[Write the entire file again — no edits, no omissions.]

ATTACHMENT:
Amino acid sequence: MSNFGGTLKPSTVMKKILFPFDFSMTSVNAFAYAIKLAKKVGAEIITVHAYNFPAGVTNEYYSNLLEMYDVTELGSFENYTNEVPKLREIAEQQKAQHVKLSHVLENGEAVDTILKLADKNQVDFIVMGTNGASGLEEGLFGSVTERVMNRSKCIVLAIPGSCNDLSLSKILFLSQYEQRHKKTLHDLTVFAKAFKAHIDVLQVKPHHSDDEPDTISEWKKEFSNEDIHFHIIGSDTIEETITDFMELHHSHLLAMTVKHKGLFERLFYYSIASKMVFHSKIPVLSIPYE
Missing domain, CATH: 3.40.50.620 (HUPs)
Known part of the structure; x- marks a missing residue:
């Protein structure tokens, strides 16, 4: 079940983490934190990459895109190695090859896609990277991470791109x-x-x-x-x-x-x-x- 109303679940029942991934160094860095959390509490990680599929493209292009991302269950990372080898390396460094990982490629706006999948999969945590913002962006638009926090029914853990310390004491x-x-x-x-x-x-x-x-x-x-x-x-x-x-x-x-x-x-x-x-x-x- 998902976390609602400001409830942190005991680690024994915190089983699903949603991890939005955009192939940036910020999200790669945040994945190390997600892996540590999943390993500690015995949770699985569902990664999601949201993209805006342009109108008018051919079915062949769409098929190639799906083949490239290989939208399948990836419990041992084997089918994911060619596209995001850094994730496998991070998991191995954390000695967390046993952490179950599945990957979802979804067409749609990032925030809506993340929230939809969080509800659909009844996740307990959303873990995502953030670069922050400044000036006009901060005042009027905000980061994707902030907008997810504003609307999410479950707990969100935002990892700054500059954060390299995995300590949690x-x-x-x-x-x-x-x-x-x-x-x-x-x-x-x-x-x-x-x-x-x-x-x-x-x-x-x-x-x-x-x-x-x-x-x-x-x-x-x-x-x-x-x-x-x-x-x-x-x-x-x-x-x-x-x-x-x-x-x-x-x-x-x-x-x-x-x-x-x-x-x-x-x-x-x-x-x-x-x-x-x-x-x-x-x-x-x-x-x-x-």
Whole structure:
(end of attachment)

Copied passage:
Amino acid sequence: MSNFGGTLKPSTVMKKILFPFDFSMTSVNAFAYAIKLAKKVGAEIITVHAYNFPAGVTNEYYSNLLEMYDVTELGSFENYTNEVPKLREIAEQQKAQHVKLSHVLENGEAVDTILKLADKNQVDFIVMGTNGASGLEEGLFGSVTERVMNRSKCIVLAIPGSCNDLSLSKILFLSQYEQRHKKTLHDLTVFAKAFKAHIDVLQVKPHHSDDEPDTISEWKKEFSNEDIHFHIIGSDTIEETITDFMELHHSHLLAMTVKHKGLFERLFYYSIASKMVFHSKIPVLSIPYE
Missing domain, CATH: 3.40.50.620 (HUPs)
Known part of the structure; x- marks a missing residue:
């Protein structure tokens, strides 16, 4: 079940983490934190990459895109190695090859896609990277991470791109x-x-x-x-x-x-x-x- 109303679940029942991934160094860095959390509490990680599929493209292009991302269950990372080898390396460094990982490629706006999948999969945590913002962006638009926090029914853990310390004491x-x-x-x-x-x-x-x-x-x-x-x-x-x-x-x-x-x-x-x-x-x- 998902976390609602400001409830942190005991680690024994915190089983699903949603991890939005955009192939940036910020999200790669945040994945190390997600892996540590999943390993500690015995949770699985569902990664999601949201993209805006342009109108008018051919079915062949769409098929190639799906083949490239290989939208399948990836419990041992084997089918994911060619596209995001850094994730496998991070998991191995954390000695967390046993952490179950599945990957979802979804067409749609990032925030809506993340929230939809969080509800659909009844996740307990959303873990995502953030670069922050400044000036006009901060005042009027905000980061994707902030907008997810504003609307999410479950707990969100935002990892700054500059954060390299995995300590949690x-x-x-x-x-x-x-x-x-x-x-x-x-x-x-x-x-x-x-x-x-x-x-x-x-x-x-x-x-x-x-x-x-x-x-x-x-x-x-x-x-x-x-x-x-x-x-x-x-x-x-x-x-x-x-x-x-x-x-x-x-x-x-x-x-x-x-x-x-x-x-x-x-x-x-x-x-x-x-x-x-x-x-x-x-x-x-x-x-x-x-």
Whole structure: